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[#] Wed Sep 06 2017 13:09:46 EDT from IGnatius T Foobar @ Uncensored

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Actually you have a port on an OLT running at 622 Mbps downstream, 155 Mbps upstream, shared by up to 32 subscribers using optical splitters.  At least that's how it is on my circuit which is wired for BPON.  Some of them are getting upgraded to GPON which is 2.4 Gbps downstream, 1.2 Gbps upstream, shared by up to 64 subscribers using optical splitters, and the wire protocol is Ethernet instead of ATM.  (Telcos took a long time to realize that no one cares about ATM anymore except for them.)

 



[#] Sun Feb 25 2018 17:23:33 EST from IGnatius T Foobar @ Uncensored

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When IPv6 first started showing up, and was slow to be deployed, I often said that they should have just made IP addresses variable-length, and simply stick with 32-bit addresses until we got to a point where everyone was upgraded to new software.  Then we could start using longer addresses.  I envisioned an Internet where addresses were hierarchial, so if for example you had an address 169.254.0.1, you would automatically be routed addresses below it, such as 169.254.0.1.1, 169.254.0.1.2, 169.254.0.1.3, etc, and then the node at 169.254.0.1.3 would also automatically become the router for 169.254.0.1.3.1, 169.254.0.0.3.2, etc.

Yes, I am smarter than the entire IETF, but we're stuck with their design now.

Well, it turns out that I'm not the only one who thought this way.  Here's an undated piece [ http://mercury.lcs.mit.edu/~jnc/tech/book3.html ] from none other than J. Noel Chiappa, who proposed pretty much exactly the same thing.  I don't know when he wrote this, because very little of the material on his web site is dated, but it's a good bit of thinking.  SNMP and LDAP use hierarchies like this, with absolutely smashing success: no one person or organization ever needs to be assigned more than one node in the tree, because they can just keep carving it up forever.

(For those who don't know who J. Noel Chiappa is -- he is one of the great unsung pioneers of the Internet.  He invented the router.)



[#] Tue Apr 17 2018 19:39:57 EDT from IGnatius T Foobar @ Uncensored

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I'm going to Cisco Live this year. Should be fun. Hopefully I can meet the right people and learn the right technologies to build a way for me to personally control the entire Internet. Nobody on the planet is more deserving of that privilege than I am.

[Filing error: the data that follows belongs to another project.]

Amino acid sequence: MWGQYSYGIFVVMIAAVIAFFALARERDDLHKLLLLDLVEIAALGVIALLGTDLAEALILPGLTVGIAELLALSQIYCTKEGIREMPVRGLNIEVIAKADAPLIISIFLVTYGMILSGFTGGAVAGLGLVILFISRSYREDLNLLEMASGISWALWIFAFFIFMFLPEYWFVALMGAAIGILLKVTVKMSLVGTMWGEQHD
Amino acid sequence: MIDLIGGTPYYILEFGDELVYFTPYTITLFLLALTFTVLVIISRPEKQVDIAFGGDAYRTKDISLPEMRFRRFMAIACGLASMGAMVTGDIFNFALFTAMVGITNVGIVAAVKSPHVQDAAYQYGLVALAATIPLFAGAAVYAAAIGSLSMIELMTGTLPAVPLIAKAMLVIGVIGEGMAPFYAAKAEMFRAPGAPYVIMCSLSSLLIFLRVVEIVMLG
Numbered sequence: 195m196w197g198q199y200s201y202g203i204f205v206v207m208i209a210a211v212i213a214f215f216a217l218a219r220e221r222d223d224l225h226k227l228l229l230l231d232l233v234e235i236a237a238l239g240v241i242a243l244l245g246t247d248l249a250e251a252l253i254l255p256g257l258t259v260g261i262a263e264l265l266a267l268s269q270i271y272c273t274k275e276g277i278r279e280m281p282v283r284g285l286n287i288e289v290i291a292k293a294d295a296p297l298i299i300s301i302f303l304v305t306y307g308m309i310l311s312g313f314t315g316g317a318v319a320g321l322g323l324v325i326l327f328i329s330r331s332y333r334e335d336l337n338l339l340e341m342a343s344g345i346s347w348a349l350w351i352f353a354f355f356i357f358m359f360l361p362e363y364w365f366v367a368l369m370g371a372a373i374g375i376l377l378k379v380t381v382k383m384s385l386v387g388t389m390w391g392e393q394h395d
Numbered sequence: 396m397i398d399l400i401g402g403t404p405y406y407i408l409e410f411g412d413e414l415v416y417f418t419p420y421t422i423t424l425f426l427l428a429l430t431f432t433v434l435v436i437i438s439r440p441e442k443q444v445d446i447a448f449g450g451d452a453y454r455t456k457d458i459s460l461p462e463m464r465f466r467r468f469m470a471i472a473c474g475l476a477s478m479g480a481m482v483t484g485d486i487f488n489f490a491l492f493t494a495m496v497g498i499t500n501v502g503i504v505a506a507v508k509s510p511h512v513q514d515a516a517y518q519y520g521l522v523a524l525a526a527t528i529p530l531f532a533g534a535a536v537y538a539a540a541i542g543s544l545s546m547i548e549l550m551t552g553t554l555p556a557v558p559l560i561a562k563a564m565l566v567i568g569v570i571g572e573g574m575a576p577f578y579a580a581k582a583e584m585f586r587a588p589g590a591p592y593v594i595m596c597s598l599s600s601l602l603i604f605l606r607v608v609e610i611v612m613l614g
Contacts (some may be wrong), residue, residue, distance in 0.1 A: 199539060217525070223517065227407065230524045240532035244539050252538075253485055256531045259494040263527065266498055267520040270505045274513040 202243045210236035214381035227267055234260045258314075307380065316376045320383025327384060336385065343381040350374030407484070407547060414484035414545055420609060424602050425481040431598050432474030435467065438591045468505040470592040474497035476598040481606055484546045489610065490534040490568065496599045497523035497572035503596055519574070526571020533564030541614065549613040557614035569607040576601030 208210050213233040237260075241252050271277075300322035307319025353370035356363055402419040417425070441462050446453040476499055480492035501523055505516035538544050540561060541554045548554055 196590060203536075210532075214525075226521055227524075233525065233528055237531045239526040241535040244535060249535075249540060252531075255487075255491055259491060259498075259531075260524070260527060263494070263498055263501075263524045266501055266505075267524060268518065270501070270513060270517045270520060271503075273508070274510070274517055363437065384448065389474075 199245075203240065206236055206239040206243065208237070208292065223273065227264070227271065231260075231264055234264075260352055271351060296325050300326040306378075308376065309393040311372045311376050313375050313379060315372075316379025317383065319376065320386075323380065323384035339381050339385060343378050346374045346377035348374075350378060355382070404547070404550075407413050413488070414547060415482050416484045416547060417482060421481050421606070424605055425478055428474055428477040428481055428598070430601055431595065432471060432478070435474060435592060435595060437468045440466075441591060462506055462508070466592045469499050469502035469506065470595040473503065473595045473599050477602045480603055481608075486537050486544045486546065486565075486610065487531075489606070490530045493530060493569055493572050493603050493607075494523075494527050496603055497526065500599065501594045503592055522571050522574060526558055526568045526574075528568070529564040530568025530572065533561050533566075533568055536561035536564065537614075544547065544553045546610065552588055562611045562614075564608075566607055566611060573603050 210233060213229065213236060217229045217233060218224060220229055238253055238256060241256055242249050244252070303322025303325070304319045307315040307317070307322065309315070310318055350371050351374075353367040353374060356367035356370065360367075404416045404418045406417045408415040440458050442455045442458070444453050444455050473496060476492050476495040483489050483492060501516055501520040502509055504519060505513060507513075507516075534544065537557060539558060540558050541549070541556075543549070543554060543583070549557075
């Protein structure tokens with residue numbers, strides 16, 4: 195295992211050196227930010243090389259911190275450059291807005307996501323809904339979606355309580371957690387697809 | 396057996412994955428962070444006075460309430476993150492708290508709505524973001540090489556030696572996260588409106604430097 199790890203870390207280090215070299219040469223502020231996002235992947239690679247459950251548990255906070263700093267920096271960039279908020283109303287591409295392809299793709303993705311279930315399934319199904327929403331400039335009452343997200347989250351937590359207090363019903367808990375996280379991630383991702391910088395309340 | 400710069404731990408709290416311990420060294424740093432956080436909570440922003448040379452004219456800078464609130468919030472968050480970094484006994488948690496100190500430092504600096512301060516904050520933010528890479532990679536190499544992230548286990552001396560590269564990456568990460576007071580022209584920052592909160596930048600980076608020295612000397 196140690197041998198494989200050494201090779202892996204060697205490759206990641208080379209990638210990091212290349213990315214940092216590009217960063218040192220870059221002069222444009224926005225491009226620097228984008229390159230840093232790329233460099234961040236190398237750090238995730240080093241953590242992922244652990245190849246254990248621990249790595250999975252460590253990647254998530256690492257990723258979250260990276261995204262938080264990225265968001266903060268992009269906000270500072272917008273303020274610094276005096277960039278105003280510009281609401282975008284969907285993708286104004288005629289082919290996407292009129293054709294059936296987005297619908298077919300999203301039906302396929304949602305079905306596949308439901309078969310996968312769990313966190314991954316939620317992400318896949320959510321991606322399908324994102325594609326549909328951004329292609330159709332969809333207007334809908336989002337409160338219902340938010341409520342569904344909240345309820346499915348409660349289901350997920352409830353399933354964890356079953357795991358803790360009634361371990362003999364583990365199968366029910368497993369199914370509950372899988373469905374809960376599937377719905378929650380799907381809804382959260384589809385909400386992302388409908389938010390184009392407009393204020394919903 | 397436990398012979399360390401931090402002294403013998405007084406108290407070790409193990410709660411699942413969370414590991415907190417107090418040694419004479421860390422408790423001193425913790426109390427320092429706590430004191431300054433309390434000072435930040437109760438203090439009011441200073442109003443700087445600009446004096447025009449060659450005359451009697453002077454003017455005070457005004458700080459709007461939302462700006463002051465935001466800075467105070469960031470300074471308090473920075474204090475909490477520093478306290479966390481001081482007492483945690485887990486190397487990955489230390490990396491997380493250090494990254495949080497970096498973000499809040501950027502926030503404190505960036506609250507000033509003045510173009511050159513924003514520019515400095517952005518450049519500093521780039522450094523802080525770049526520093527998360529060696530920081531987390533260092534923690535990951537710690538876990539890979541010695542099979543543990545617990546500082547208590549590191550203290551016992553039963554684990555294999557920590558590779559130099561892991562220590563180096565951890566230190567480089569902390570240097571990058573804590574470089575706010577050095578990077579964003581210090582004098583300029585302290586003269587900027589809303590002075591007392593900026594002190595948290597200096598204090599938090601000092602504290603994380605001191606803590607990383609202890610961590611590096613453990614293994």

It's been a long time since I've been to an industry conference. I'm excited.

[#] Mon Apr 23 2018 13:13:23 EDT from kc5tja @ Uncensored

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I wish you the best of luck!

(slinks off to invent a new internetwork of his own....)

[#] Mon May 14 2018 11:44:33 EDT from IGnatius T Foobar @ Uncensored

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Banyan Vines? XNS? Apollo Domain? DECnet? AppleTalk? SNA? Why should IP get the global network all to itself?

[#] Mon May 14 2018 14:06:36 EDT from fleeb @ Uncensored

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Heh... IPX/SPX...

[#] Wed May 16 2018 13:16:35 EDT from kc5tja @ Uncensored

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If I were serious about that, I'd be advocating for content-addressed or data-driven networking (whatever that thing Van Jacobson was working on is called today).

[#] Wed May 16 2018 13:50:57 EDT from IGnatius T Foobar @ Uncensored

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Today's titans wouldn't build the Internet the way it exists today; they'd definitely build it in a way that is more centrally controllable. We got lucky with this one.

[#] Thu May 17 2018 14:40:21 EDT from kc5tja @ Uncensored

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I'm pretty confused by this. Today's Internet is wrapped up tighter than a canoli, and while it's possible to have toy or island networks of your own, they don't make a dent in the grand scheme of connectivity. Named Data Networking seems no more nor no less centralized than IP, but your response seems to suggest it's more controllable. Am I misunderstanding something?

[#] Fri May 18 2018 13:30:51 EDT from IGnatius T Foobar @ Uncensored

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I'm thinking that if the People Who Wield Too Much Power were designing the Internet today, they'd build it with supervision built into the network layer, like Fibre Channel. The closest they can get to supervision today is by wielding power over DNS, and of course by eavesdropping. The PWWTMP wouldn't have built an Internet that "interprets censorship as damage and routes around it" -- they would have built an Internet that could force censorship down the entire stack, across the entire network, at the touch of a button. It would be hierarchial, not distributed.

One could argue that the reason the Internet became not only popular, but pervasive, is because it was *not* designed this way.. The hierarchial supervised network is, without question, what people like Al Gore had in mind when they declared that they wanted to build an "information superhighway". Later they took credit for the Internet, but they did not build the Internet.

[#] Mon May 21 2018 08:14:51 EDT from fleeb @ Uncensored

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Heh... if I have the right memory of this, the DoD's involvement nearly forced the internet to be chaotic in this way, to address a concern that it be capable of withstanding a nuclear blast.

[#] Wed Jun 06 2018 11:36:33 EDT from IGnatius T Foobar @ Uncensored

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...which makes it very easy to use tactical localized blasts to take out just the parts of the Internet which are problematic.

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